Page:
Competition Board (the Board) decided to conduct an ex officio preliminary inquiry in order to evaluate the claims which occasionally come into the public agenda and find coverage in press and which suggest that the undertakings operating in the hazelnut buying market were engaging in anti-competitive practices. As a result of the preliminary inquiry conducted based on that decision, the Board took another decision on 03.11.2016 stating that launching an investigation on the sector was not necessary since no documents/information was found to support the aforementioned claims.
However, the relevant Preliminary Inquiry Report on the hazelnut sector includes certain observations and evaluations, which are listed below:
1) Hazelnut production is an important economic resource for the whole Black Sea Region, particularly the Eastern Black Sea area. This sector has been the subject of significant structural changes in the recent years, with large impacts on the fragility of the sector and on the revenues of the producers. Due to rural depopulation, most hazelnut producers, who grow their crops on fields smaller than a certain size, are living in cities and metropolises far from the production areas. This situation prevents hazelnut production from being their main occupation, and hazelnut income from being their main income. It is observed that this has led to delayed and insufficient agricultural activity in the production areas, especially in the Eastern Black Sea.
2) In addition to a lack of agricultural activity, another factor affecting hazelnut productivity is the aging of the cultivated hazelnut fields, causing a decrease in the productivity of hazelnut orchards. Due to the aforementioned factors hazelnut productivity in Turkey has fallen significantly below the numbers in European countries and USA, in spite of the fact that hazel is a native plant in Turkey. This situation naturally is reflected on the hazelnut yields, with particularly low average hazelnut harvest from unit area in Eastern Black Sea in comparison to US and European countries.
3) On the other hand, rural depopulation in the regions where hazel is cultivated has led to an increase in labor costs, which in turn leads to a decrease in the economic productivity as well as yield productivity in hazelnut production. Low yields and increasing production costs, in particular labor costs, has resulted in hazelnut producers deeming market prices insufficient.
4) In addition, due to government subsidies related to hazel cultivation, in the last 30-40 years hazel substituted many agricultural goods in the fruitful flat plains around Samsun, Düzce and Sakarya provinces, where large hazel orchards have been established. These fields are suitable for irrigation and mechanized agriculture, and they lead to significantly higher production and economic yields in comparison to the Eastern Black Sea area. Hazelnut producers have better cost advantage in the Western Black Sea due to land conditions, which is reflected in hazelnut income and this plays an active role in the complaints of Eastern Black Sea producers related to hazelnut purchase prices.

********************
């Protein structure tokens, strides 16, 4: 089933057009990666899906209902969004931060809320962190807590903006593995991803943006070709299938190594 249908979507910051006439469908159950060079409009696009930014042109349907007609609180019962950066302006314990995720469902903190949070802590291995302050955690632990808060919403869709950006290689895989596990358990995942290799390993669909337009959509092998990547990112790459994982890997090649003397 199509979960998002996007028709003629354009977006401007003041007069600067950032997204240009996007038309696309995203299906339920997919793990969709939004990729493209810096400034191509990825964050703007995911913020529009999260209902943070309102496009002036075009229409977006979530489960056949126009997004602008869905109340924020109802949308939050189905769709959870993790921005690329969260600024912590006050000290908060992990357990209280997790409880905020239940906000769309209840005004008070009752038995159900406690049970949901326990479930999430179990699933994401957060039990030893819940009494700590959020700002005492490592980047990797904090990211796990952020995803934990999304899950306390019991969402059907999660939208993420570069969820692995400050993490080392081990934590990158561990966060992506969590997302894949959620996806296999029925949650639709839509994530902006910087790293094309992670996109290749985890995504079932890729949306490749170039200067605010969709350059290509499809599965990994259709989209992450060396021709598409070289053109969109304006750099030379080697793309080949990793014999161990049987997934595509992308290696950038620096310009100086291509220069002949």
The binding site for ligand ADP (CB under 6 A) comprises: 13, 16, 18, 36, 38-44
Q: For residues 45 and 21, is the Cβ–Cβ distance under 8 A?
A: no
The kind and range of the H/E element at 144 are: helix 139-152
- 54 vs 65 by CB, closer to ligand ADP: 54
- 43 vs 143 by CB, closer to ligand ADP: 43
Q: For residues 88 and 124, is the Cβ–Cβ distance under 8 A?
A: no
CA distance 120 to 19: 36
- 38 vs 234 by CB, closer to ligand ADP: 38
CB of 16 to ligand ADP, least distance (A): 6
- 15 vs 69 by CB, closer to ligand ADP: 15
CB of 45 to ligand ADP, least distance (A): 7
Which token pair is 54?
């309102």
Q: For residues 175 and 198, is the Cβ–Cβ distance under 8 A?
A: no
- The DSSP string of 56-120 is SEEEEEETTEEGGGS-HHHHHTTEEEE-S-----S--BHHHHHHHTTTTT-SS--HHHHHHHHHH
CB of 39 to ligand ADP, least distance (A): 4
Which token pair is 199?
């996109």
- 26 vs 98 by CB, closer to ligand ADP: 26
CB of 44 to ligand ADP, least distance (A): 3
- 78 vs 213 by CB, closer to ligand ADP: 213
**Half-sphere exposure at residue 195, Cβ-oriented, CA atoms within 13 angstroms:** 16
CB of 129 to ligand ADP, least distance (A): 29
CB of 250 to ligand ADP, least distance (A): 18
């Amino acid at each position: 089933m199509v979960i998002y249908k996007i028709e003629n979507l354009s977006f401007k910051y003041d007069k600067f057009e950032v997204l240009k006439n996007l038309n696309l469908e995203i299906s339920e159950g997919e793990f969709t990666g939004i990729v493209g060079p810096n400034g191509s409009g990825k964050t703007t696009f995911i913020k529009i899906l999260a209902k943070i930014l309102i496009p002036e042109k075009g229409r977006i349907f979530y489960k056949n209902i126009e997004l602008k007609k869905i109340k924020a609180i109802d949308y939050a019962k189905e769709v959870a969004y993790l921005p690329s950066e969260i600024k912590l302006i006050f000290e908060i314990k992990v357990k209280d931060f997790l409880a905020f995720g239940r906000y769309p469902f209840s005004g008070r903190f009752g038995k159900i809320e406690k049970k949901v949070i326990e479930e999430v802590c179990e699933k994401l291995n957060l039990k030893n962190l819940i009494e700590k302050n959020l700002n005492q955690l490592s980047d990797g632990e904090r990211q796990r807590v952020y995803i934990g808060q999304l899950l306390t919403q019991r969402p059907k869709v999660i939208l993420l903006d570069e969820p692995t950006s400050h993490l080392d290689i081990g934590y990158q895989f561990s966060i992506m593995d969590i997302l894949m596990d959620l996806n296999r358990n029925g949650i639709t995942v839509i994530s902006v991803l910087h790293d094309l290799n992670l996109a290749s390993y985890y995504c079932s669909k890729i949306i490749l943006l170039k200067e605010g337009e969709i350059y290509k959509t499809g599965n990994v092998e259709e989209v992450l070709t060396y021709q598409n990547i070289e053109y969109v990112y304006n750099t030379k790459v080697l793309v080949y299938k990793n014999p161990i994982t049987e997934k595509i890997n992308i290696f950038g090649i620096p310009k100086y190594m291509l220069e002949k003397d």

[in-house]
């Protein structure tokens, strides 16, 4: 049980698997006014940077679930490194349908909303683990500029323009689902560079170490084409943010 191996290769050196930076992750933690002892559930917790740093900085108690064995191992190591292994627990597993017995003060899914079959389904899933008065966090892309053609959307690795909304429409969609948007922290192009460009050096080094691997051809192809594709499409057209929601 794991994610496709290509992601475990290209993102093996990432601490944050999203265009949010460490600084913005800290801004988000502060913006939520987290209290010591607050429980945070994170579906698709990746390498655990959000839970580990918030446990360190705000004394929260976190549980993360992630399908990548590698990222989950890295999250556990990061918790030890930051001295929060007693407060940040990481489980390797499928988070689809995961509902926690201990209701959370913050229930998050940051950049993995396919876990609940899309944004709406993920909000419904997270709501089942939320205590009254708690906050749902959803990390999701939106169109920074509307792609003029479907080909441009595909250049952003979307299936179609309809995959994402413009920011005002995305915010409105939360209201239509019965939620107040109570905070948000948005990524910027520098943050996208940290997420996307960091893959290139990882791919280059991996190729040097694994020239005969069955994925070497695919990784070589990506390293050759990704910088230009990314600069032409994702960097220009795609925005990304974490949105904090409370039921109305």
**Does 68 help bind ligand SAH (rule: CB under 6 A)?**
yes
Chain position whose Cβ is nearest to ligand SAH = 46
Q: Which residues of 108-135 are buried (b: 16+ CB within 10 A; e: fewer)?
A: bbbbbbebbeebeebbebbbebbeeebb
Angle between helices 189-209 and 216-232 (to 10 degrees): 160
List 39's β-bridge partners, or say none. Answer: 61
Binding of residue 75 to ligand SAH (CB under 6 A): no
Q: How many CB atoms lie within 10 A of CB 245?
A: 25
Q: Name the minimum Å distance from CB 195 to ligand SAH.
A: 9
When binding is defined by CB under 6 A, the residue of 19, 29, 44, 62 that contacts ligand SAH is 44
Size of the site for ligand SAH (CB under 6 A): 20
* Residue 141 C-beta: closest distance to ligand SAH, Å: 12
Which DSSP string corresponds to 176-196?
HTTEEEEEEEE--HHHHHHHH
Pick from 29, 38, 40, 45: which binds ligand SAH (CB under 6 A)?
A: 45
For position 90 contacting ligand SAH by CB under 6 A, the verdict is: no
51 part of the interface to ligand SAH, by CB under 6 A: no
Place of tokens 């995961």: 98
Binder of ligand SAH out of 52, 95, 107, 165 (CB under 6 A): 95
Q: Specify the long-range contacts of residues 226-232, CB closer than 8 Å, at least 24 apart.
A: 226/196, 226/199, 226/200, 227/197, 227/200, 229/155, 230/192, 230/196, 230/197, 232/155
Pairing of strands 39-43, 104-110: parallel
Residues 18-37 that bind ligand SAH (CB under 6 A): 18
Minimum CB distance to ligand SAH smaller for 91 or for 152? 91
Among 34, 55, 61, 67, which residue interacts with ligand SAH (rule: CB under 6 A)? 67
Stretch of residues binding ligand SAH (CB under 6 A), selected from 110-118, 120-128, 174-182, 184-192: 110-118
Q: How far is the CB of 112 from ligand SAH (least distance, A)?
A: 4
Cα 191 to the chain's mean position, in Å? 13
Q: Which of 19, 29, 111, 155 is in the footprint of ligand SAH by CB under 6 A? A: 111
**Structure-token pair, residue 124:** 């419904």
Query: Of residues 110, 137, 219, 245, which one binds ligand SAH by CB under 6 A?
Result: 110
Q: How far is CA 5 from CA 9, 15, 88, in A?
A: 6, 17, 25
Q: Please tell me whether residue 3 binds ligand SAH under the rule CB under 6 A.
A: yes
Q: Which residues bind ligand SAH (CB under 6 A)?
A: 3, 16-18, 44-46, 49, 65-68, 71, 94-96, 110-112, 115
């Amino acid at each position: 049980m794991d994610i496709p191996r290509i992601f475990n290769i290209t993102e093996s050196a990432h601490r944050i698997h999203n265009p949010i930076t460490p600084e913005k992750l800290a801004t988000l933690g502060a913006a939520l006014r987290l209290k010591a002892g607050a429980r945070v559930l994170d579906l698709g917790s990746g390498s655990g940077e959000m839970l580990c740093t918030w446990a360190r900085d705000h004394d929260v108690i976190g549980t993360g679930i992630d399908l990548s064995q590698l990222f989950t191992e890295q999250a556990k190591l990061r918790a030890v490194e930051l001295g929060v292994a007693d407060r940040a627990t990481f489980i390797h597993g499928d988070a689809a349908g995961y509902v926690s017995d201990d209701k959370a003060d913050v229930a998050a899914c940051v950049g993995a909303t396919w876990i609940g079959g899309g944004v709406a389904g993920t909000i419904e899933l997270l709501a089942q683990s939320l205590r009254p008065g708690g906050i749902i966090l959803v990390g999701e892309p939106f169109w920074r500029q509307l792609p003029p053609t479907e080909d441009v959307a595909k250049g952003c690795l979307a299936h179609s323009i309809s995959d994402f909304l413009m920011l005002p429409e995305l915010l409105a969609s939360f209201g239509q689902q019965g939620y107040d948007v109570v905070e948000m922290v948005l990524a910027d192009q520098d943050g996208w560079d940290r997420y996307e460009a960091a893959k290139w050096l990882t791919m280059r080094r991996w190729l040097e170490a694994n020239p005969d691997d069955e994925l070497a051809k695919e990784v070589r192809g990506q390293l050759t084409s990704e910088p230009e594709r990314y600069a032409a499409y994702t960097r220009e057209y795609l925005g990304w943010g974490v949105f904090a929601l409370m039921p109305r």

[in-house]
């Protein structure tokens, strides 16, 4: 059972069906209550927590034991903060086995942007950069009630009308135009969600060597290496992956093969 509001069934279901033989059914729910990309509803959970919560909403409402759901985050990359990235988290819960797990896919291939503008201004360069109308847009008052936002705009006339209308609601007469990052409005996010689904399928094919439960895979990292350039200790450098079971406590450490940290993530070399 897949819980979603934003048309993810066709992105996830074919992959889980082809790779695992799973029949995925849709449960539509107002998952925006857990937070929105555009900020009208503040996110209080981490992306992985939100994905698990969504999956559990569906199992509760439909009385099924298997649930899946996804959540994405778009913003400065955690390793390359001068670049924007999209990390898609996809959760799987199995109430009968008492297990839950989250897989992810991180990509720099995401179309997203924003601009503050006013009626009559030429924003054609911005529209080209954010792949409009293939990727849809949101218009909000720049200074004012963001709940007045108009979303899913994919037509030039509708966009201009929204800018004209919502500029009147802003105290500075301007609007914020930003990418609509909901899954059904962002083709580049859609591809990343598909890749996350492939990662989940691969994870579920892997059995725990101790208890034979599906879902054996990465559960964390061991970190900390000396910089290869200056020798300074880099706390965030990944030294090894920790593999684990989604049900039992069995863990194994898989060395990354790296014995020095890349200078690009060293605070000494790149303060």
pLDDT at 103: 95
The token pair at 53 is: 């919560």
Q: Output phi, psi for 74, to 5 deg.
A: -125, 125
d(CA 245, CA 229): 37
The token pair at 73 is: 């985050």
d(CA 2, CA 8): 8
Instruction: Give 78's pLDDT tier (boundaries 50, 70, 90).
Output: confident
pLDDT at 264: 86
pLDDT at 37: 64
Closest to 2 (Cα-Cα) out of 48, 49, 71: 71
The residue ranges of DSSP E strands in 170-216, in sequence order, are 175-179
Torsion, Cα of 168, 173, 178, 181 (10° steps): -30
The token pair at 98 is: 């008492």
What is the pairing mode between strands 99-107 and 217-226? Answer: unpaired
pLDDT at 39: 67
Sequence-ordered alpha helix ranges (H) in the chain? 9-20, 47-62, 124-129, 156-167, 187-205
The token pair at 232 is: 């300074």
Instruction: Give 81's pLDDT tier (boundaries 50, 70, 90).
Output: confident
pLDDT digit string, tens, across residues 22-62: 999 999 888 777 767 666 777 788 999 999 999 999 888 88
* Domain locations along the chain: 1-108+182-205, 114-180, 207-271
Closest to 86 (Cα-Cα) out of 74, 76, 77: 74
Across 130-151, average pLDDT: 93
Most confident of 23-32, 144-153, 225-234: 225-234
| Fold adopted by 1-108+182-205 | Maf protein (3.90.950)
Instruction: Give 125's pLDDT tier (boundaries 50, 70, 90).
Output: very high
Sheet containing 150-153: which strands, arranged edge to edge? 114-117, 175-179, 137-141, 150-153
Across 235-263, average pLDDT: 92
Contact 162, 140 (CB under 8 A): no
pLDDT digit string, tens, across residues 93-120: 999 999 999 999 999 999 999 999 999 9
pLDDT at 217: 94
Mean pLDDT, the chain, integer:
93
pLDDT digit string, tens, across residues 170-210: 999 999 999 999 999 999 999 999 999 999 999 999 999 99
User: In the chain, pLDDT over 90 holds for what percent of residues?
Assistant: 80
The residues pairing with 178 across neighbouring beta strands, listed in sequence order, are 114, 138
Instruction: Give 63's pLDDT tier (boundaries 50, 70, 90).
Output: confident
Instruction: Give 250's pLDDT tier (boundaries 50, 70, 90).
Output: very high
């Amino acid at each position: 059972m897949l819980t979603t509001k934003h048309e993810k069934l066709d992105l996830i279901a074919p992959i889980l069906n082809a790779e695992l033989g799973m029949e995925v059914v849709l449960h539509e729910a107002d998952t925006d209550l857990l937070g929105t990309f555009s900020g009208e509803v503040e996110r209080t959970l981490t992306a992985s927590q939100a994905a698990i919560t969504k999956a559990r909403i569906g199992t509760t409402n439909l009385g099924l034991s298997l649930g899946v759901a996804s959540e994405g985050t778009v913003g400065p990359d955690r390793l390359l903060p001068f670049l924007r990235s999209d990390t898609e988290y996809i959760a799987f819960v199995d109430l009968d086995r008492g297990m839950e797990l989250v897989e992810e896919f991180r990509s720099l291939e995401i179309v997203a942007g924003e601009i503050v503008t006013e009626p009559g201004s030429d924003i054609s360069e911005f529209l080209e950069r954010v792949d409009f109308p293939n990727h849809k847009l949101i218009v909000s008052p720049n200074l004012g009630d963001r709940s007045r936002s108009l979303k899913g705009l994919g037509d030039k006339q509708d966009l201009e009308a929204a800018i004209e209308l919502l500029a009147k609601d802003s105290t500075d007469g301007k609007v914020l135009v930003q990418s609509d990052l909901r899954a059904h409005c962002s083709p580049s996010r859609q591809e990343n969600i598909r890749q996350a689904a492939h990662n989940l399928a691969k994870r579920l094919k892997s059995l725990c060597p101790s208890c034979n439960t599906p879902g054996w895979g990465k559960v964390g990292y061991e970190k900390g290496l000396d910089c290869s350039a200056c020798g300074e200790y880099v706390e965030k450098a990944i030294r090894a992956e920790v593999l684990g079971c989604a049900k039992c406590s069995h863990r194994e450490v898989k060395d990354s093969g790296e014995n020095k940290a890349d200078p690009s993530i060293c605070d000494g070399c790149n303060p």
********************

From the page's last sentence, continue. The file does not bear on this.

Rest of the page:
5) Another important structural failure of the sector is the fact that Licensed Warehouses have not yet been implemented. Lack of sufficient storage facilities at the individual or organizational scale result in the hazelnut harvest being stored under unsuitable, primitive conditions, or in the producers consigning their harvest to wholesalers known as “greengrocers” for storage. It has been found that switching from the Consignment System, which has become the general market practice, to a Licensed Warehouse system would be beneficial for the sector and the producers, both in terms of improving the storage conditions for hazelnut and in terms of preventing price fluctuations.
6) When examined from the point of view of industrialists and exporters, the consignment system leads to the wholesalers having more of an effect on the prices than producers, despite serving as an intermediary in the supply chain. While the producer can only store his goods for a shorter period of time with an expectation of higher prices due to limited storage facilities, wholesalers are able to buy into the higher price expectation for a longer time period.
7) It is clear that the most important factor affecting hazelnut prices is hazelnut yields. For that reason, many actors operating in the market, from producers to exporters, strive to affect prices through yield estimations. However, these speculations will be reduced to a considerable extent, since it has been announced that from this year on, yield estimations will only be made by the Ministry of Food, Agriculture and Livestock.
Following all of these observations and evaluations, the Board has decided to launch a sector inquiry in the hazelnut market in order to examine the subject in a more detailed and comprehensive manner. The goal of the sector inquiry is not only to identify issues which may carry the nature of a violation in the market under the Act no 4054 on the Protection of Competition, but also to investigate the sector from a competition policy perspective. Therefore, the sector inquiry in question is planned to include solution suggestions for the structural problems, in order to ensure that the sector can achieve a more sustainable competitive structure.